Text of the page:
Similar positive findings emerged from the nation’s oldest urban voucher program, the Milwaukee Parental Choice Program (MPCP). According to the legislatively mandated, five-year evaluation of this state-funded school choice program, voucher recipients were more likely to graduate from high school, enroll in a four-year college, and persist in college at rates that were 4–7 percentage points higher than the rates for students who did not participate in the choice program. The post-secondary findings from this study are particularly interesting, given the lifetime benefits associated with attainment of a college degree. In 2012, for instance, young adults with a bachelor’s degree earned twice as much as those who had not graduated from high school ($47,000 per year compared to $23,000).
Moreover, school choice can be a mechanism for the economic advancement of all students, not just the voucher user or charter enrollee. In a comprehensive and systematic review of the literature on this topic, Anna Egalite uncovers 21 studies of the competitive impacts of vouchers on public school performance. Twenty of those studies show neutral to positive impacts of private school choice programs on public school performance, and just one study reports exclusively null effects. Not a single study finds negative achievement effects on the students who remain in their assigned public schools.
Add to this growing body of evidence new findings for Louisiana showing positive competitive effects and Indiana showing null impacts in math and positive impacts on English Language Arts performance, and it becomes difficult to ignore where the evidence points: A rising tide from school choice can indeed lift all boats. By threatening a reduction in traditional public school budgets because of declining enrollment, choice programs encourage existing schools to improve their offerings; to take seriously and address specific student needs; and to implement the necessary reforms in teacher personnel policies, curriculum, standards, and general operations management to serve students more effectively.
In short, the best available evidence demonstrates that school choice can create powerful forces for economic and social mobility. School voucher options — which have the strongest research base from which to draw — have especially clear impacts on boosting educational attainment, which is the most important educational outcome for students. They do so while simultaneously improving outcomes for students who remain in traditional public schools.
Finally, parents are empowered and play a more central role in their children’s education when they are given the opportunity to choose their children’s schools. The prospect of expanding school choice to more disadvantaged populations promises to transform many lives for the better.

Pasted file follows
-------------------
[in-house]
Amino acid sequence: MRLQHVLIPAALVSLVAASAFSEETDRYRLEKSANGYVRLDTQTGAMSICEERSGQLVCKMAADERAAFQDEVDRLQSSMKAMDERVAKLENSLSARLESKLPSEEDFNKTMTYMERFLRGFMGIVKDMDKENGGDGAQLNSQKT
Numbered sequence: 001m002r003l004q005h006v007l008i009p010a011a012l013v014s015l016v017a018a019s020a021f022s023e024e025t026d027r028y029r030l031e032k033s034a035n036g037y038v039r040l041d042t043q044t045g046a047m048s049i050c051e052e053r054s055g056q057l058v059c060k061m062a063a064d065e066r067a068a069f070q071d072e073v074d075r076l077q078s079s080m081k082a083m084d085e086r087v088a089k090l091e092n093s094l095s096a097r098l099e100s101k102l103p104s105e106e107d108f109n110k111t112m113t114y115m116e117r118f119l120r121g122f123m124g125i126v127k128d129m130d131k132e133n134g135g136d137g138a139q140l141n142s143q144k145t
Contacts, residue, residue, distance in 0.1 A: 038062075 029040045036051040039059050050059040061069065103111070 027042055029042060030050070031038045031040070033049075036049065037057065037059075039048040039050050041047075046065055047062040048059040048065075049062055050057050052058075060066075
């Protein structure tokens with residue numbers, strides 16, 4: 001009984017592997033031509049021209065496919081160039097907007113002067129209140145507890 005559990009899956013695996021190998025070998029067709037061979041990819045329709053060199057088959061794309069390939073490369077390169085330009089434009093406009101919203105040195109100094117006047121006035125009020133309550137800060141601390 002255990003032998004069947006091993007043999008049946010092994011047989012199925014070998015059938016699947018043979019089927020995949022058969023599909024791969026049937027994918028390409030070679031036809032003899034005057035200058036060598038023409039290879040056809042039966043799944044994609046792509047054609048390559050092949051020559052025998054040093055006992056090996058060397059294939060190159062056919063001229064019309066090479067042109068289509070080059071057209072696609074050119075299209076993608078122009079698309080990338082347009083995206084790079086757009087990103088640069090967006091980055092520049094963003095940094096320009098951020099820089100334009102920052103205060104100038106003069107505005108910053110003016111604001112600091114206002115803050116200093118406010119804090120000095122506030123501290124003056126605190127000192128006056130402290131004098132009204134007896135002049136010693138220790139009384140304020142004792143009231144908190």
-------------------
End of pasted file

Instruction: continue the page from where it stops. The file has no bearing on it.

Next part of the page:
— Anna J. Egalite is a postdoctoral fellow in the Program on Education Policy and Governance at Harvard University.
— Patrick J. Wolf is a Distinguished Professor of Education Policy and 21st Century Endowed Chair in School Choice in the Department of Education Reform at the University of Arkansas’ College of Education and Health Professions.
Next Up in the Index:
- Thomas Stewart and Patrick J. Wolf, The School Choice Journey: School Vouchers and the Empowerment of Urban Families (New York: Palgrave Macmillan, 2014).
- Douglas N. Harris and Matthew Larsen, What Schools Do Families Want? (and Why?) Education Research Alliance for New Orleans Technical Report, January 15, 2015, http://educationresearchalliancenola.org/files/publications/Technical-Report-Final-Combined.pdf (accessed May 12, 2015).
- Cecilia Elena Rouse, “The Labor Market Consequences of an Inadequate Education,” paper presented at Social Costs of Inadequate Education Symposium, Teachers College, Columbia University, October 24–25, 2005.
- Jane Waldfogel, Irwin Garfinkel, and Brendan Kelly, “Public Assistance Programs: How Much Could Be Saved with Improved Education?” paper presented at Social Costs of Inadequate Education Symposium, Teachers College, Columbia University, October 24–25, 2005.
- Peter Muennig, “The Economic Value of Health Gains Associated with Education Intervention,” paper presented at Social Costs of Inadequate Education Symposium, Teachers College, Columbia University, October 24–25, 2005.
- Lance Lochner and Enrico Moretti, “The Effect of Education on Crime: Evidence from Prison Inmates, Arrests, and Self-Reports,” American Economic Review, Vol. 94, No. 1 (March 2004), pp. 155–189.
- Patrick Wolf, Babette Gutman, Michael Puma, Brian Kisida, Lou Rizzo, Nada Eissa, and Matthew Carr, Evaluation of the D.C. Opportunity Scholarship Program: Final Report. U.S. Department of Education, Institute of Education Sciences, National Center for Education Evaluation and Regional Assistance, June 2010, http://ies.ed.gov/ncee/pubs/20104018/pdf/20104018.pdf (accessed June 15, 2015).
- Patrick J. Wolf and Michael McShane, “Is the Juice Worth the Squeeze? A Benefit/Cost Analysis of the District of Columbia Opportunity Scholarship Program,” Education Finance and Policy, Vol. 8, No. 1 (Winter 2013), pp. 74–79.
- Joshua M. Cowen, David J. Fleming, John F. Witte, Patrick J. Wolf, and Brian Kisida, “School Vouchers and Student Attainment: Evidence from a State-Mandated Study of Milwaukee’s Parental Choice Program,” Policy Studies Journal, Vol. 41, No. 1 (February 2013), pp. 147–168.
- “Indicator 3: Annual Earnings of Young Adults,” in Grace Kena, Susan Aud, Frank Johnson, Xiaolei Wang, Jijun Zhang, Amy Rathbun, Sidney Wilkinson-Flicker, and Paul Kristapovich, The Condition of Education 2014, U.S. Department of Education, Institute of Education Sciences, National Center for Education Statistics, NCES 2014–083, May 2014, p. 10.
- Anna J. Egalite, “Measuring Competitive Effects from School Voucher Programs: A Systematic Review,” Journal of School Choice, Vol. 7, No. 4 (2013), pp. 443–464.
- Of these 20 studies, 17 found exclusively positive effects, three found neutral-to-positive effects, and only one found exclusively neutral effects.
- Anna J. Egalite, “Competitive Impacts of Means-Tested Vouchers on Public School Performance: Evidence from Louisiana and Indiana,” Harvard Kennedy School, Program on Education Policy and Governance Working Paper Series No. PEPG 14–05, 2015, www.hks.harvard.edu/pepg/PDF/Papers/PEPG14_05_Egalite.pdf (accessed May 13, 2015).
- Caroline Minter Hoxby, “Rising Tide,” Education Next, Vol. 1, No. 4 (Winter 2001), pp. 68–74.